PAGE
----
The award, created to recognize outstanding achievement in agricultural research, will be presented Nov. 11 in Washington, D.C. It includes $100,000 for Rick, a professor emeritus at UC Davis, and a matching amount for the institution or research program of his choice.
Now 82, Rick is known internationally among scientists and agriculturists as something of a modern-day Charles Darwin and Indiana Jones, all rolled into one. His research expeditions have taken him from the Galapagos Islands to the heights of the Andes where he has collected hundreds of wild tomato species.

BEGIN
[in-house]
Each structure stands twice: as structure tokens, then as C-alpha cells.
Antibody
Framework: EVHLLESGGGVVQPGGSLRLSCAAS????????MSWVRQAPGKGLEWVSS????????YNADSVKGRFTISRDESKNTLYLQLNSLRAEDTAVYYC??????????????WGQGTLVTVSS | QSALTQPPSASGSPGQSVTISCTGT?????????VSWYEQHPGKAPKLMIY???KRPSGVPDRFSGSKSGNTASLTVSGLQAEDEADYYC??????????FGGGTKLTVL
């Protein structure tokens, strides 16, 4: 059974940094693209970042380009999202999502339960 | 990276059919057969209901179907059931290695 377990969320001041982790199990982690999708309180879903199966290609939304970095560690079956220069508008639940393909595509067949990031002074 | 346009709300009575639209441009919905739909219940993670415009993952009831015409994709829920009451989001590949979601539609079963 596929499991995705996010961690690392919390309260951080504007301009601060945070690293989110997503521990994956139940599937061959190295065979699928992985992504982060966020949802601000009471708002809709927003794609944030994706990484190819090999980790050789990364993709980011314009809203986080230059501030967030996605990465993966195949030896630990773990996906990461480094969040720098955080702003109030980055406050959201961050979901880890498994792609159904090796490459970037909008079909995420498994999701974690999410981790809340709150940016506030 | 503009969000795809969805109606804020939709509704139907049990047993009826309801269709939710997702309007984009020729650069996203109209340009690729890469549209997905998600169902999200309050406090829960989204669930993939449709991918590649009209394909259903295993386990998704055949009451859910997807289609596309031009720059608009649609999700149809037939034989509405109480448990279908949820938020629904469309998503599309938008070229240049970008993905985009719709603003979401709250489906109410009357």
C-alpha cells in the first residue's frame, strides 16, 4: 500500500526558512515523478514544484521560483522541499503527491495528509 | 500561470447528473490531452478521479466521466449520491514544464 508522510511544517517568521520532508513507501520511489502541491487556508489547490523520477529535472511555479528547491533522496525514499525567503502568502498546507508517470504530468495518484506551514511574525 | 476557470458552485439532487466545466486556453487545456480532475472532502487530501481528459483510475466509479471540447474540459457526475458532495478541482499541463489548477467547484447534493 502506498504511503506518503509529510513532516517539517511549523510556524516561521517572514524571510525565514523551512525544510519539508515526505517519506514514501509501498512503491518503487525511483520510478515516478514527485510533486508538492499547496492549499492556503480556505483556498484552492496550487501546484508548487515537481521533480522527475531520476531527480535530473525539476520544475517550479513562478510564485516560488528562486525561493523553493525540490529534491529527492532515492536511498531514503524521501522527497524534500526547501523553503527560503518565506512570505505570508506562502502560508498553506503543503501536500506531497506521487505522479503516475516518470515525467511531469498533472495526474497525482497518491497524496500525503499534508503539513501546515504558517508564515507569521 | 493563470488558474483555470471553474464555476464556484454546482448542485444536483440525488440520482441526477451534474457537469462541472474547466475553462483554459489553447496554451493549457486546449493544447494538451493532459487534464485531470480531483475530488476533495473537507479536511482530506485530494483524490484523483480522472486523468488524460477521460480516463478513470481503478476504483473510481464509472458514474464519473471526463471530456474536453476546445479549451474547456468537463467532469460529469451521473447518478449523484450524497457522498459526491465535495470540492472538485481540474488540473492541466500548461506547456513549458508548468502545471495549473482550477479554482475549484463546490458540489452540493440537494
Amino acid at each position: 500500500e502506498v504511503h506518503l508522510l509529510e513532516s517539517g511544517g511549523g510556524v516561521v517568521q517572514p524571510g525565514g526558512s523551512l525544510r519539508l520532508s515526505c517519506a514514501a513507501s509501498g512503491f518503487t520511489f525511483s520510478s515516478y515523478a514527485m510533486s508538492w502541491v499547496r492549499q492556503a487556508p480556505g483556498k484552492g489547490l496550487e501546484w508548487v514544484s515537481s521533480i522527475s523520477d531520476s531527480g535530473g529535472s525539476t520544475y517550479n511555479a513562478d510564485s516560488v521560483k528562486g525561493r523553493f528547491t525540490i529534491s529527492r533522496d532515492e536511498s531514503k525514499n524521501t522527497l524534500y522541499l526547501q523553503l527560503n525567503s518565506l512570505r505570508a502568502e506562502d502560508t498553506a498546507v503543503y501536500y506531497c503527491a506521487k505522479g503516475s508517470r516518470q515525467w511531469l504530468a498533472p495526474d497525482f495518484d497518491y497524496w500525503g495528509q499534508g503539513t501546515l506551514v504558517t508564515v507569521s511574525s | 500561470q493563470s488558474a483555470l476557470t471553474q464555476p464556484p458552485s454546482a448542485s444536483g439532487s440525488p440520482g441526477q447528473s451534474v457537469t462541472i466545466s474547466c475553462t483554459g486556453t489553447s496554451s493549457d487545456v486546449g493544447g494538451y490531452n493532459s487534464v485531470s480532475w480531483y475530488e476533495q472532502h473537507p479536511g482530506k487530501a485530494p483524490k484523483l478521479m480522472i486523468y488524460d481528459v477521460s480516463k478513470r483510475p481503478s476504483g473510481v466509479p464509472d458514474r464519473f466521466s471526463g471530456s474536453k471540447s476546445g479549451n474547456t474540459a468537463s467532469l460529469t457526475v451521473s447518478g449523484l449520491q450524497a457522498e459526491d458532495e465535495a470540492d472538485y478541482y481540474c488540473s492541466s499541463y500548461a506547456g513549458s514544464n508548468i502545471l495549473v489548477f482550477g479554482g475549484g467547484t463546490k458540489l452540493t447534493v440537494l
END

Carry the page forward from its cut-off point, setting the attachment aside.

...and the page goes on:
In the wild tomatoes, Rick has identified 42 disease- resistance genes, many of which have been bred into commercial tomato varieties. He also established the largest and most valuable collection of tomato seeds in the world.
"Dr. Rick has been a research pioneer whose findings have had worldwide significance, said Clayton Yeuter, former U.S. Secretary of Agriculture and co-chair of the Maseri Florio World Prize Advisory Board. "His contributions have benefited almost every other vegetable and fruit crop grown around the world."